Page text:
A feature on newer intel pentium processors. Most processor functions use one opcode (instruction) to operate on one set of data, so the CPU reads the opcode, loads the data, performs the operation, and outputs the result. lather, rinse, repeat at 200MHz. MMX loads one opcode and performs the same operation on a whole pipeline full of data. Since MMX loads the instruction once instead of every time, it can increase CPU speed for repetative functions like 3D rendering and MP3 encoding or decoding. My quick and dirty test indicates that using MMX opcodes gives about a 10% speed up in MP3 encoding. YMMV

MMX, unofficially "MultiMedia eXtensions" (although Intel won't admit that), is a set of extra opcodes to perform several operations very fast, especially useful in graphics and sound processing. You can do stuff such as adding, subtracting and multiplying 8x8bytes at a time, with or without "saturation" (so that 200 + 100 becomes 255 and doesn't "wrap around").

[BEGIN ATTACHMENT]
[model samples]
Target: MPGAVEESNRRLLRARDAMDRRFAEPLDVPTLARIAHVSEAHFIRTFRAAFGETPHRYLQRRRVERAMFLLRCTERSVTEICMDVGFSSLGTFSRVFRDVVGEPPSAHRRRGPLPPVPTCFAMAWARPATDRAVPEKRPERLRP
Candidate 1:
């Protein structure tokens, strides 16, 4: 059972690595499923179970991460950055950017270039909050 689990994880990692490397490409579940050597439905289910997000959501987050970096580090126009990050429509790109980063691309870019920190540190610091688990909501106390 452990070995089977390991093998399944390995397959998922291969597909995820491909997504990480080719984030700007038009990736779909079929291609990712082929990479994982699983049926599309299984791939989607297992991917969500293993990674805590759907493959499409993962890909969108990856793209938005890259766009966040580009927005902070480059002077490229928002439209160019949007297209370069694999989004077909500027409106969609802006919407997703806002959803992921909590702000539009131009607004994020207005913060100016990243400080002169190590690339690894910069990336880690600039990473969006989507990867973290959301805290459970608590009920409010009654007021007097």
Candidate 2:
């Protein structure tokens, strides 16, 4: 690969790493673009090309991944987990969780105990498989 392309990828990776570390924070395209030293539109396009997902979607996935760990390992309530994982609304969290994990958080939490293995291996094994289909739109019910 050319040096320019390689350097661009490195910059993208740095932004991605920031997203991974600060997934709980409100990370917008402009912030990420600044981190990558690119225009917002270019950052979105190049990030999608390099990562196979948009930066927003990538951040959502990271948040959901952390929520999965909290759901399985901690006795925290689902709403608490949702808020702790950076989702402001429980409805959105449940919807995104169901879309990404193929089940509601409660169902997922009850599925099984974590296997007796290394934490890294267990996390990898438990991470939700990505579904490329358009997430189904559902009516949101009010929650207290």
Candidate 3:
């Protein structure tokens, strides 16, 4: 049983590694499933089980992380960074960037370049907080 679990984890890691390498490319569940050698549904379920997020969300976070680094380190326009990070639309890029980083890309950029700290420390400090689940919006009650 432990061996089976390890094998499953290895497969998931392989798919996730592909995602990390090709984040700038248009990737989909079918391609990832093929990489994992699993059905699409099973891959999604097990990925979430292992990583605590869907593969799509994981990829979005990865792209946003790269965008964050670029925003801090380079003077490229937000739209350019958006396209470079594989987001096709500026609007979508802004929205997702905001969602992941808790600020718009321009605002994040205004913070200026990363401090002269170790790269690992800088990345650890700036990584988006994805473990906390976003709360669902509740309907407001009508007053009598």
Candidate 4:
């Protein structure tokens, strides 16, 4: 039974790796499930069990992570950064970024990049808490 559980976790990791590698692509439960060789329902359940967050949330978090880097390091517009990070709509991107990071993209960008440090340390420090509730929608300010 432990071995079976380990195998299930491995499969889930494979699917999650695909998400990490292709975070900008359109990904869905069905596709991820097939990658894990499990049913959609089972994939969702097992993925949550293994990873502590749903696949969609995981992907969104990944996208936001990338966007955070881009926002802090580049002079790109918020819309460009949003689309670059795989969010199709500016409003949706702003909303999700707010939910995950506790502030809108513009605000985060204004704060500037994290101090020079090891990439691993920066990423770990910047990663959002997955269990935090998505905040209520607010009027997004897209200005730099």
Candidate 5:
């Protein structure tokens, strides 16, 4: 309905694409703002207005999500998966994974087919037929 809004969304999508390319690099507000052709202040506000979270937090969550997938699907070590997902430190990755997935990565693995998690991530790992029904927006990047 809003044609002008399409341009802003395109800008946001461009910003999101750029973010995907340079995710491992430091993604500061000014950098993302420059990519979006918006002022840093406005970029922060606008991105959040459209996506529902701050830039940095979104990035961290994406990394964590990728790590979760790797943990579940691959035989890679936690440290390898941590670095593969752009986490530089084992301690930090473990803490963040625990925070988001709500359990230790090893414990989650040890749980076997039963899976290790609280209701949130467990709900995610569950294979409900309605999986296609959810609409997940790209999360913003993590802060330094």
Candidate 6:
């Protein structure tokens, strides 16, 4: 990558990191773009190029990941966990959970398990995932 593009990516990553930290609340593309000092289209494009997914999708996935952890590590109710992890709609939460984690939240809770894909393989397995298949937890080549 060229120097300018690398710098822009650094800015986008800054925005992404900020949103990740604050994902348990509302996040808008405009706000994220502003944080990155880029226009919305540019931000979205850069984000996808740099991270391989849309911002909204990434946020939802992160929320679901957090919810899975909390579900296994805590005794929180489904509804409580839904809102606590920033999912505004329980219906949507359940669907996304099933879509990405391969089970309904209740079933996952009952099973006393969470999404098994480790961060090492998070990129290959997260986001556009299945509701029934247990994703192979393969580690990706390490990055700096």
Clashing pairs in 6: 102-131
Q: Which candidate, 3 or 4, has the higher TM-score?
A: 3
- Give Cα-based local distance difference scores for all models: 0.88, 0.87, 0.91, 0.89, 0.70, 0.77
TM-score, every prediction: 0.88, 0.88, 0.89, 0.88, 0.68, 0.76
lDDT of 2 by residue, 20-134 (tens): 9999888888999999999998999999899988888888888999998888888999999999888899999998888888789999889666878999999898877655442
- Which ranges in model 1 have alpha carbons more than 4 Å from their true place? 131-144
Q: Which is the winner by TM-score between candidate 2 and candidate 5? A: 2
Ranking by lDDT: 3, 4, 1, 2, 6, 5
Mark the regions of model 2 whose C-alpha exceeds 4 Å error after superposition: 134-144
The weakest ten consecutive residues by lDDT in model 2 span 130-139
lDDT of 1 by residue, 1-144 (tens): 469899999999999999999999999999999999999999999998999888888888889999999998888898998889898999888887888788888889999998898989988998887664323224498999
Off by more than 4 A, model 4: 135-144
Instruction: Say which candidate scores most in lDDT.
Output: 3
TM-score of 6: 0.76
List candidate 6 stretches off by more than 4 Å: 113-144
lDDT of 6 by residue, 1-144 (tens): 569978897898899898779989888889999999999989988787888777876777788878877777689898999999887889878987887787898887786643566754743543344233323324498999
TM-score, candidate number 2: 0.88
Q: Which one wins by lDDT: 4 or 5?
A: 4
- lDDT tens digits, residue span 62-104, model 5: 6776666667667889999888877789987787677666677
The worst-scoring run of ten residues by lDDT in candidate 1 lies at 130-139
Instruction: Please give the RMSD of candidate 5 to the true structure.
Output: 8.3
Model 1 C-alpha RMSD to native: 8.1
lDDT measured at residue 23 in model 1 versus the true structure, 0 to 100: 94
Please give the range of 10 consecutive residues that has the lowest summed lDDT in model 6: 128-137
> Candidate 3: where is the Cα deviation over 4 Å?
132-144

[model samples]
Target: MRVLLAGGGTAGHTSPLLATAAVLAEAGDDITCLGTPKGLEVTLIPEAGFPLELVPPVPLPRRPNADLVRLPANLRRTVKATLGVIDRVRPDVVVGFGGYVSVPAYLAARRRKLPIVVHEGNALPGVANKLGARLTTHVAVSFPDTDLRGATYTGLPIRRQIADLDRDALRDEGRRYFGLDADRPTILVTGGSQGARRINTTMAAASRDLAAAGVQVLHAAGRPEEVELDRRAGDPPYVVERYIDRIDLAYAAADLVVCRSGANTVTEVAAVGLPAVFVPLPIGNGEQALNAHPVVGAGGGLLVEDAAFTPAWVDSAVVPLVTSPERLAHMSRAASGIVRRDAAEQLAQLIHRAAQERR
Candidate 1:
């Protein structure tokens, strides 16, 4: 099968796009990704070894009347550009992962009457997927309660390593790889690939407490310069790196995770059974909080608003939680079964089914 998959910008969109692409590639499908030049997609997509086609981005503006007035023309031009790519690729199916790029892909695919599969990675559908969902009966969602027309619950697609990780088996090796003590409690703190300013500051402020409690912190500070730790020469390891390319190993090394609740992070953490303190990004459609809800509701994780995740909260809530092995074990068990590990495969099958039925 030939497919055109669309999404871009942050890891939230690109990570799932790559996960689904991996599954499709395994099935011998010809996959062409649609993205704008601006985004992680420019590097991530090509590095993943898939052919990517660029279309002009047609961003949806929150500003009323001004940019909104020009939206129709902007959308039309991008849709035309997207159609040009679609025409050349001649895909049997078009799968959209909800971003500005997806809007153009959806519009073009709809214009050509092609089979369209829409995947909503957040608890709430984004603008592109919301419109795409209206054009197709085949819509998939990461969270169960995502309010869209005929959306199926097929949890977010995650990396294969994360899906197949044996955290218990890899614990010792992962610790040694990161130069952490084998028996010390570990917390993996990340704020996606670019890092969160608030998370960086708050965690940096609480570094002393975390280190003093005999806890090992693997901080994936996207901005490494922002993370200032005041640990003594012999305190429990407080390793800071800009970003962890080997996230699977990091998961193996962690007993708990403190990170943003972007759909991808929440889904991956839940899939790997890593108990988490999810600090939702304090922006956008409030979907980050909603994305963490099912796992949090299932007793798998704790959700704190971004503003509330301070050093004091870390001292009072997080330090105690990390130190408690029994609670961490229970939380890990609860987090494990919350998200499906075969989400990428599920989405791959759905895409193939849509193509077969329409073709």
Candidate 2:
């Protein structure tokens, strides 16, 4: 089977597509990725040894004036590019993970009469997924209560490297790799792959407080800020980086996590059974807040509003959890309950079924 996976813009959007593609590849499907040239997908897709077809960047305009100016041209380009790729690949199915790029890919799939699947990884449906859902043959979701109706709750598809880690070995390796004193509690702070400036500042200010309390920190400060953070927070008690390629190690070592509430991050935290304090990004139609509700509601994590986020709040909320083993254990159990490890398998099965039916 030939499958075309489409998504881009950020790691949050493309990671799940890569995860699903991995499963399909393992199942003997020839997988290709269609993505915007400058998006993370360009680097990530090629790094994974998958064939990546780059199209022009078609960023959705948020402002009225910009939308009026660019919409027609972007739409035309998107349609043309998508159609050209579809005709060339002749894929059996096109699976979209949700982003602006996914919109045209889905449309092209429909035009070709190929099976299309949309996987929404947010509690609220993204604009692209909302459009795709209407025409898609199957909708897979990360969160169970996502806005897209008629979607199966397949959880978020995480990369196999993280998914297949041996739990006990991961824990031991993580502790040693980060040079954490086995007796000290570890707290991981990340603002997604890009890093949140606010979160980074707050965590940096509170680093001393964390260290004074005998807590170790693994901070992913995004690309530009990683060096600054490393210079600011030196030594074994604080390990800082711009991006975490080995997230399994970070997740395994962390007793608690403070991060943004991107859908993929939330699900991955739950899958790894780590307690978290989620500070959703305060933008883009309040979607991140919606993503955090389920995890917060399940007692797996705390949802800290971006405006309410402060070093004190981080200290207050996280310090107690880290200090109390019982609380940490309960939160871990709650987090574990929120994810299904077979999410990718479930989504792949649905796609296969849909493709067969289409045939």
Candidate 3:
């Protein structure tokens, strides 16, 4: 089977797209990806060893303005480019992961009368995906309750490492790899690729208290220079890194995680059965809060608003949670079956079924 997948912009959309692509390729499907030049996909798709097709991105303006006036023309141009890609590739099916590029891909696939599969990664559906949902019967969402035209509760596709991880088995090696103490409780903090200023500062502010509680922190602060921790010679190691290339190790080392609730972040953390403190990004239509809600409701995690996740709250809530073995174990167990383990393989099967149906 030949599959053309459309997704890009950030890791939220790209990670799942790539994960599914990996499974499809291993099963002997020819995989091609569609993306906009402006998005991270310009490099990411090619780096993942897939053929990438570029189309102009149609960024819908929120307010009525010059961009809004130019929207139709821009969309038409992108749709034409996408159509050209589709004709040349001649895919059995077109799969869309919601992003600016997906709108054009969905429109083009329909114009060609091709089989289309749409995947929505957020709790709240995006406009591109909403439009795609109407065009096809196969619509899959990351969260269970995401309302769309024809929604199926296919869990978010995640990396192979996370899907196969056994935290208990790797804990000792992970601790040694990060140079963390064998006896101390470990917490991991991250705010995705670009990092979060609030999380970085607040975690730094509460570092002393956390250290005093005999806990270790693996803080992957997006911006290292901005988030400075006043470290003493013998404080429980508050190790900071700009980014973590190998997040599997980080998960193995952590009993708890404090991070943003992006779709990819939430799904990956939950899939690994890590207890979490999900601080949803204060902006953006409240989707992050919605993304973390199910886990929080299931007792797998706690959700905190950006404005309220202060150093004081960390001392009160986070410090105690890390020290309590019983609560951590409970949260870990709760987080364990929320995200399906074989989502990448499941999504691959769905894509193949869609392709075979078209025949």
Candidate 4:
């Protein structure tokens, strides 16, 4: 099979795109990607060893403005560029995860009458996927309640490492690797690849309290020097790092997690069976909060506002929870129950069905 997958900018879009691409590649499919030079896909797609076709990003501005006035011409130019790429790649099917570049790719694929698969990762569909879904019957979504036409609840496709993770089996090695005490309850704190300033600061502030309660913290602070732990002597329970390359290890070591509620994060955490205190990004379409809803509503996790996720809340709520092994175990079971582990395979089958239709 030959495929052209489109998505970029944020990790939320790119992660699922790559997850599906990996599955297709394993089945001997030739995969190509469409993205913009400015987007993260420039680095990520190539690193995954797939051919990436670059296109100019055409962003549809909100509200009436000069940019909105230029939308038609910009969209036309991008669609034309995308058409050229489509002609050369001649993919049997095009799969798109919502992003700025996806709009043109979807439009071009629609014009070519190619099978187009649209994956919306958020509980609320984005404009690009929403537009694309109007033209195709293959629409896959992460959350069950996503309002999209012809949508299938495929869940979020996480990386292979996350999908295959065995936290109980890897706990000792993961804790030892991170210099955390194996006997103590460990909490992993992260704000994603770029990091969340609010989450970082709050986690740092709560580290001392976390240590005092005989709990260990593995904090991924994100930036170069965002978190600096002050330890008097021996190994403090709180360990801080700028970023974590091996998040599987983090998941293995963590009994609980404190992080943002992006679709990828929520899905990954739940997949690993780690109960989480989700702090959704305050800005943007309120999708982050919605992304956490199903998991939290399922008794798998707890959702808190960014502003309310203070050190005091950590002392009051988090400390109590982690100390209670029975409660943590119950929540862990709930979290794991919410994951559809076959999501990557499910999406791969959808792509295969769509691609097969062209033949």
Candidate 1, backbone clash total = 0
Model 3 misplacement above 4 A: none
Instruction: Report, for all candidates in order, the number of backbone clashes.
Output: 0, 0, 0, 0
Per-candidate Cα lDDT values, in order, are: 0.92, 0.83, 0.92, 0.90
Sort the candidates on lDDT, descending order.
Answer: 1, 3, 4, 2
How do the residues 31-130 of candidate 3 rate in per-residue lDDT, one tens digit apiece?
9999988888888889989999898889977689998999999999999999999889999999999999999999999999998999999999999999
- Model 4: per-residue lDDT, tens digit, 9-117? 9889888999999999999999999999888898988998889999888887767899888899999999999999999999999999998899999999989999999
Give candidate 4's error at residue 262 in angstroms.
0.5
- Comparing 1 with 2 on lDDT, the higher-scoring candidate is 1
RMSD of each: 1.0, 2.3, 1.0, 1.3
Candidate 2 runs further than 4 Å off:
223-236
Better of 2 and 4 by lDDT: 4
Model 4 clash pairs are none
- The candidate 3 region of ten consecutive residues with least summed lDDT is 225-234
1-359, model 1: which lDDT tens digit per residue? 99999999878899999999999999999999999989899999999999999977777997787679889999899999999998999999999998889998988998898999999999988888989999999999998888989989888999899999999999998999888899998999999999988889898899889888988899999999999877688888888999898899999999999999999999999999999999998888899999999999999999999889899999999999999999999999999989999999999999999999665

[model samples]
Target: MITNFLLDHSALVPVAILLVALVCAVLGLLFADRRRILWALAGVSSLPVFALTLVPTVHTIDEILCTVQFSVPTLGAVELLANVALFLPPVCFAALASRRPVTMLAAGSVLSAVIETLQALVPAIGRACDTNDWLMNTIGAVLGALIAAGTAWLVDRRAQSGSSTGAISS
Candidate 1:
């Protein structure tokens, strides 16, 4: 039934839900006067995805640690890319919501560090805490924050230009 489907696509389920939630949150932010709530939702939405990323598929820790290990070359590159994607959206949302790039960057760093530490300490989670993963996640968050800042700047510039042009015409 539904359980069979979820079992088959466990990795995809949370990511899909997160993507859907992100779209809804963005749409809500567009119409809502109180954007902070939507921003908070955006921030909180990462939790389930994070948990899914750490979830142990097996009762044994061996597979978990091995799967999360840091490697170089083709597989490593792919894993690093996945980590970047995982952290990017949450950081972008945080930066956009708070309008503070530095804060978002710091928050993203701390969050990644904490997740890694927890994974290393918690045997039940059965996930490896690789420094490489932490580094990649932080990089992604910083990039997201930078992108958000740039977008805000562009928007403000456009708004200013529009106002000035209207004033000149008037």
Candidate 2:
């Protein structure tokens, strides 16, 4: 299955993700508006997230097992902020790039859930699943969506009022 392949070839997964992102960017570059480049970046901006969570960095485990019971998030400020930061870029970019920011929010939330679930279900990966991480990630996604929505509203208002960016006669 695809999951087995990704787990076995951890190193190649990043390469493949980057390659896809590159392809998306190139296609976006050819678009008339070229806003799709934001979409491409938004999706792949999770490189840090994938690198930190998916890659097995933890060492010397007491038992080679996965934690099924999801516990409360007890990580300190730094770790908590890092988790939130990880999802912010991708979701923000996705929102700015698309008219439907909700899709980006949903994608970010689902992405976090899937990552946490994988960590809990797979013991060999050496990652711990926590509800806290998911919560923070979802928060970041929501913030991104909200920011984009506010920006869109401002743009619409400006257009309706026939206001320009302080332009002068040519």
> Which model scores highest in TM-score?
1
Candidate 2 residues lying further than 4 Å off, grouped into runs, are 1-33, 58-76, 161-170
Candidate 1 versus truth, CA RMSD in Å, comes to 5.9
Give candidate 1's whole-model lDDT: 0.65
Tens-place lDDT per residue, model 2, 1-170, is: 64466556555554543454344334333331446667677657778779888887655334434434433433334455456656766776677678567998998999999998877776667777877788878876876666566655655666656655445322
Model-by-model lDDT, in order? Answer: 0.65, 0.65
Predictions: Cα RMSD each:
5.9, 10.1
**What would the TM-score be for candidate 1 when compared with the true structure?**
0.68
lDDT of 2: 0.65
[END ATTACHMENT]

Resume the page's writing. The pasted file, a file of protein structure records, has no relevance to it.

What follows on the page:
Of course, you cannot do FPU stuff while you're doing MMX, or you will die horrendously.

According to my notes, MMX is short for Matrix Mathematics eXtension. MMX uses SIMD (Single Instruction Multiple Data) operations, which allegedly gives it an eight-times performance speedup for those things it is ideally suited for. For those who care about such things, the reason MMX is incompatible with FPU operations is because Intel, not wanting to create new registers, decided to map the eight MMX registers to the 64-bit mantissa part of the 80-bit floating point registers.

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